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HomeMarketJetBlue Sees Softer December Demand. It May Not Be Too Serious.

JetBlue Sees Softer December Demand. It May Not Be Too Serious.

JetBlue said the holiday calendar timing has also negatively impacted its revenue forecast.

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Photograph by Matthew Hinton/AFP/Getty Images

JetBlue Airways
said Tuesday that a strong expected surge in last-minute December bookings hasn’t quite materialized as the company had anticipated.

It’s the first real piece of negative news for the sector when it comes to demand in months. But it may not be that bad.

Airlines have enjoyed a stellar end to the year, posting bumper third quarter revenue and benefiting from strong leisure demand and a rebound in both business and international travel.

Robust demand and industry-wide capacity constraints have enabled carriers to hike airfares—a key factor behind the strong revenue performance.

But
JetBlue
‘s (ticker: JBLU) warning hints that demand may just be starting to soften. Alternatively, they were expecting too much ahead of the Christmas holiday season.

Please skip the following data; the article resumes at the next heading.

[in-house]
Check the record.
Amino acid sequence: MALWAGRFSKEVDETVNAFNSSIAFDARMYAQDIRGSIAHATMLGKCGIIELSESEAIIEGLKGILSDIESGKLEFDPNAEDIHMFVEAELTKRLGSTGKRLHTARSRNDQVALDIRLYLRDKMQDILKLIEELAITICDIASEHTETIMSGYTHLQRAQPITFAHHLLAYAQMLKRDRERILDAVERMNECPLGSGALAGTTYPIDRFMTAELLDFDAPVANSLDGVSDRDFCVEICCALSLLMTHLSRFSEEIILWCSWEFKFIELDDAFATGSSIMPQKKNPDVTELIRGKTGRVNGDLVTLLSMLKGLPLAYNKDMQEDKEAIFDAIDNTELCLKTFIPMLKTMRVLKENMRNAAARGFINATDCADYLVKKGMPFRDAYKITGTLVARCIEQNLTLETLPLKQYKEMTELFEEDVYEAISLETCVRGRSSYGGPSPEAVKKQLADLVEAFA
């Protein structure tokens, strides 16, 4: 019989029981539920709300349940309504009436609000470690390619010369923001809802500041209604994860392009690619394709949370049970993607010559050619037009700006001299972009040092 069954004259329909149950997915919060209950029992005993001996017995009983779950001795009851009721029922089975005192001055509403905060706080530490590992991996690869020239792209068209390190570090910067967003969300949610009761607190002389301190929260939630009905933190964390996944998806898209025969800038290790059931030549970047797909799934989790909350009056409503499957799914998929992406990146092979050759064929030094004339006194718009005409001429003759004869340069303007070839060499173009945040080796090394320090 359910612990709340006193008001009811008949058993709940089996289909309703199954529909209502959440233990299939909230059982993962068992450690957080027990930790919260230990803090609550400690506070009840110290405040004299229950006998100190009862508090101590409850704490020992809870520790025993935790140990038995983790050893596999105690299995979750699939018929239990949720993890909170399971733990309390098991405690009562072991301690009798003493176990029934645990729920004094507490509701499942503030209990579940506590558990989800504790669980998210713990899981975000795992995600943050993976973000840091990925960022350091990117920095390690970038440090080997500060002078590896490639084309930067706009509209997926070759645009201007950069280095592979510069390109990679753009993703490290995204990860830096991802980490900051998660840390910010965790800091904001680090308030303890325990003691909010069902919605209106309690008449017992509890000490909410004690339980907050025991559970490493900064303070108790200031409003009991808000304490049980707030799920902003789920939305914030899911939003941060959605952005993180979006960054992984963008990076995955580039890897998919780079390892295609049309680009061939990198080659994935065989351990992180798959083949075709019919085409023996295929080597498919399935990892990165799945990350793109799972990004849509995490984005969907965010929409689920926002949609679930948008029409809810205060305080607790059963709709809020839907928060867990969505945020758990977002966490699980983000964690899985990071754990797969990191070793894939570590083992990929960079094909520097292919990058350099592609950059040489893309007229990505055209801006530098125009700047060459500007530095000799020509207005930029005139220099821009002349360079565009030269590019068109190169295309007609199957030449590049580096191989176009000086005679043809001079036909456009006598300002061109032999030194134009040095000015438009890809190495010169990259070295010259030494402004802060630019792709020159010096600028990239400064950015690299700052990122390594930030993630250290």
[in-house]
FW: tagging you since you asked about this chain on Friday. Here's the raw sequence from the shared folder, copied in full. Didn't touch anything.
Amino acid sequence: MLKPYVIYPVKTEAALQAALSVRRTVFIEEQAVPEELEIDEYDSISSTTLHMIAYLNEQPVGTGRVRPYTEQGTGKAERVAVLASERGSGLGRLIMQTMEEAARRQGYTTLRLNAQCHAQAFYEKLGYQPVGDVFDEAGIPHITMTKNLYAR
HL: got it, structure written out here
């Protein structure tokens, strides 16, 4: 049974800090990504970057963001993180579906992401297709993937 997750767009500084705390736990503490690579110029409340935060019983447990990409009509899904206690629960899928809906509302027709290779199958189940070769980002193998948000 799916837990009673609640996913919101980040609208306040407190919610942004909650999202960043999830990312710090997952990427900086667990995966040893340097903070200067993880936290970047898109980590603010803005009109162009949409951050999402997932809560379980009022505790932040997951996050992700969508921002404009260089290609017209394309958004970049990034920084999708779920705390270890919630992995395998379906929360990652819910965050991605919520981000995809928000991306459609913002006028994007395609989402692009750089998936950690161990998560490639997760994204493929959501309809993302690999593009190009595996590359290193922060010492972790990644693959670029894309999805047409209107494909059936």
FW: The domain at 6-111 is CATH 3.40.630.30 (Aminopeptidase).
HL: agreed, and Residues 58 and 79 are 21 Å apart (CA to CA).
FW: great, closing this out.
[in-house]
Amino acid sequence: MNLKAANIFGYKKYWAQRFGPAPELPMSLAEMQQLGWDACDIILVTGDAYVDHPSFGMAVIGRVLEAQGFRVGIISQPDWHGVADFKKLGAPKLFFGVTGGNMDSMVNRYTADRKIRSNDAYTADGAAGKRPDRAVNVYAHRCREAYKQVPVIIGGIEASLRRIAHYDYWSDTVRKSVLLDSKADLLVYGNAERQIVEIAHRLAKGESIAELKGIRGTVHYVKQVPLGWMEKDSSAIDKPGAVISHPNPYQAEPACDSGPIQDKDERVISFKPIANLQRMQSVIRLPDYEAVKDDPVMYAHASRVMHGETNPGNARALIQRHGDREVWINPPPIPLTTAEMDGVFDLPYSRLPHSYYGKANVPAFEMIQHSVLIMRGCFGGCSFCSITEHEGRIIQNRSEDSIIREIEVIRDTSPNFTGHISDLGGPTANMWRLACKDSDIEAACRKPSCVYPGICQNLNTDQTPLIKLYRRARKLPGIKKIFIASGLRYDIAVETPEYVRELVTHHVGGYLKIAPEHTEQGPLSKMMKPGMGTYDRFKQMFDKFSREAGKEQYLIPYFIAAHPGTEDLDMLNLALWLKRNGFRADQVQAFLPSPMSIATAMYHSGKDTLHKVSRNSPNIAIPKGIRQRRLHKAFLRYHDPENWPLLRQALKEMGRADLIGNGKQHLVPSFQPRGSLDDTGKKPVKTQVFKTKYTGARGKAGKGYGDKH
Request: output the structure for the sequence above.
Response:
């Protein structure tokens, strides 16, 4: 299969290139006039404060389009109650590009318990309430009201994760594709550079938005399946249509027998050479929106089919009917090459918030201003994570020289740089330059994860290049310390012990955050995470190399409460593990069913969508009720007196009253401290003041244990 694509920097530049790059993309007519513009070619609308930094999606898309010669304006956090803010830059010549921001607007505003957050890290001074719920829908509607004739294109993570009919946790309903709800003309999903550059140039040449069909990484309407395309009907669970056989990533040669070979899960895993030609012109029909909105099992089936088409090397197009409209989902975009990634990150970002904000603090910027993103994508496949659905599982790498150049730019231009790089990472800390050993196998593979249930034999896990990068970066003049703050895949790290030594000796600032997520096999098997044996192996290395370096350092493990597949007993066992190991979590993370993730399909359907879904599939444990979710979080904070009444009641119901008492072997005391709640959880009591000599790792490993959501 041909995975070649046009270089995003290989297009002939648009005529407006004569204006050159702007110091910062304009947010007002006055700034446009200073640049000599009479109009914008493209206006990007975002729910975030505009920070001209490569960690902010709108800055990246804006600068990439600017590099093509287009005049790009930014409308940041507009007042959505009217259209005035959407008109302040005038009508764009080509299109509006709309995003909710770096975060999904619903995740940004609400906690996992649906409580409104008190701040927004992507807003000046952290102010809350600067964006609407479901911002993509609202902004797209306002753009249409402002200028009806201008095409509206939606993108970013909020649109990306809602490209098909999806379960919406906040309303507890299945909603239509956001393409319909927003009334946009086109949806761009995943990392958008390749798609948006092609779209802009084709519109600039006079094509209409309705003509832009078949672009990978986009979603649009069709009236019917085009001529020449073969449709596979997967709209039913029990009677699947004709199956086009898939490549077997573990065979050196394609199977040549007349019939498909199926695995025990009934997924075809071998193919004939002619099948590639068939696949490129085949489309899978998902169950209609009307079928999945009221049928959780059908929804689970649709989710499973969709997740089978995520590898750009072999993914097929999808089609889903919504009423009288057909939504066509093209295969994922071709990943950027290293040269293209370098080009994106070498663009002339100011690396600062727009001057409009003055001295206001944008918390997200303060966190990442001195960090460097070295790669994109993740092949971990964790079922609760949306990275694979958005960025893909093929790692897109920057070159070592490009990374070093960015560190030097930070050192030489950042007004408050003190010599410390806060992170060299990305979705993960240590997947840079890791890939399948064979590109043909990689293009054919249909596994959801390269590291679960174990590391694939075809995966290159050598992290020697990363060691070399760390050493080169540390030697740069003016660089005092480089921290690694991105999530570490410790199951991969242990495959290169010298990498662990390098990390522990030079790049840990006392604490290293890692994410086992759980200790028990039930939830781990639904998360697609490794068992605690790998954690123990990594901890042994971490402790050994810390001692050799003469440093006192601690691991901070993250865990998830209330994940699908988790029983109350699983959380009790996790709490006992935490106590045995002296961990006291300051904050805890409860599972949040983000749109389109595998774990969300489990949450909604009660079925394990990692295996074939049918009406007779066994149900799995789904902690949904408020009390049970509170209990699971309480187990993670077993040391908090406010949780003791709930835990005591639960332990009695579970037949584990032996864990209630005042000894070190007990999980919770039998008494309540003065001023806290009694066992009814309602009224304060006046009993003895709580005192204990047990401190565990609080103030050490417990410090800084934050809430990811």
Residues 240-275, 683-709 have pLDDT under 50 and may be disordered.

The company said it expects revenue per available seat mile for the fourth quarter to be at the low-end of its guidance for a 15% to 19% jump. The low-cost carrier said that while demand trends continue to be strong, the “expected very strong close-in demand for December” has materialized below expectations.

In other words, last-minute Christmas bookings haven’t been as strong as they anticipated. The adverse impact of the holiday calendar this year is also a factor, it said, as well as the effects of Hurricane Nicole in November.

At least JetBlue is still on track to meet its guidance, albeit at the low end.

JetBlue expects costs per available seat mile, excluding fuel—an industry metric for efficiency—to increase by between 8.5% and 10.5% in the fourth quarter compared with 2019 levels, sticking to its prior outlook. Capacity is expected to increase by 1% to 4%.

It’s too early to say whether JetBlue’s update is the first tentative sign that demand may be diminishing or if the company just got overexcited.

If other airlines start saying the same then it could preempt a disappointing fourth quarter earnings season for the sector.

The stock was up 2% in premarket trading, in line with the broader market.

Write to Callum Keown at callum.keown@barrons.com

Credit: marketwatch.com

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